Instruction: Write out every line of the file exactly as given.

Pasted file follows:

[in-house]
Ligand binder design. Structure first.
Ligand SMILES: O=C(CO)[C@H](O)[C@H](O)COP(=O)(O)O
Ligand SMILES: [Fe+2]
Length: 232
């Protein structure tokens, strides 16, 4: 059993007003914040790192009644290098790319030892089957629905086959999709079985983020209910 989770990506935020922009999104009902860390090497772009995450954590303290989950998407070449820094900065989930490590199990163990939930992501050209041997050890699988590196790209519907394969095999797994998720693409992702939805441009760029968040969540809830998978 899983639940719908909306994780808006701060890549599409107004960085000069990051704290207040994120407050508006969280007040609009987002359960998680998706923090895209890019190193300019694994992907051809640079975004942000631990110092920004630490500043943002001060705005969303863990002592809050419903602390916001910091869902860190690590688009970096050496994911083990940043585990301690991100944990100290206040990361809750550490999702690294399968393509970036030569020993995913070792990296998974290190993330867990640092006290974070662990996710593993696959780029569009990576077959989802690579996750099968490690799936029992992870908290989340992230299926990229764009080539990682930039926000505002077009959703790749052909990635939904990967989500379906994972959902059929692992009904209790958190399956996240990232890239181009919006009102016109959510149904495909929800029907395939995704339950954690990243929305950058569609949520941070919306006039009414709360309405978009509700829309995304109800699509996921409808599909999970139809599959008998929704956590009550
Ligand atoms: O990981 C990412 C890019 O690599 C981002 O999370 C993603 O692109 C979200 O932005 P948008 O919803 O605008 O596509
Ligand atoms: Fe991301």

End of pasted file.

[in-house]
Ligand binder design. Structure first.
Ligand SMILES: O=C(CO)[C@H](O)[C@H](O)COP(=O)(O)O
Ligand SMILES: [Fe+2]
Length: 232
């Protein structure tokens, strides 16, 4: 059993007003914040790192009644290098790319030892089957629905086959999709079985983020209910 989770990506935020922009999104009902860390090497772009995450954590303290989950998407070449820094900065989930490590199990163990939930992501050209041997050890699988590196790209519907394969095999797994998720693409992702939805441009760029968040969540809830998978 899983639940719908909306994780808006701060890549599409107004960085000069990051704290207040994120407050508006969280007040609009987002359960998680998706923090895209890019190193300019694994992907051809640079975004942000631990110092920004630490500043943002001060705005969303863990002592809050419903602390916001910091869902860190690590688009970096050496994911083990940043585990301690991100944990100290206040990361809750550490999702690294399968393509970036030569020993995913070792990296998974290190993330867990640092006290974070662990996710593993696959780029569009990576077959989802690579996750099968490690799936029992992870908290989340992230299926990229764009080539990682930039926000505002077009959703790749052909990635939904990967989500379906994972959902059929692992009904209790958190399956996240990232890239181009919006009102016109959510149904495909929800029907395939995704339950954690990243929305950058569609949520941070919306006039009414709360309405978009509700829309995304109800699509996921409808599909999970139809599959008998929704956590009550
Ligand atoms: O990981 C990412 C890019 O690599 C981002 O999370 C993603 O692109 C979200 O932005 P948008 O919803 O605008 O596509
Ligand atoms: Fe991301």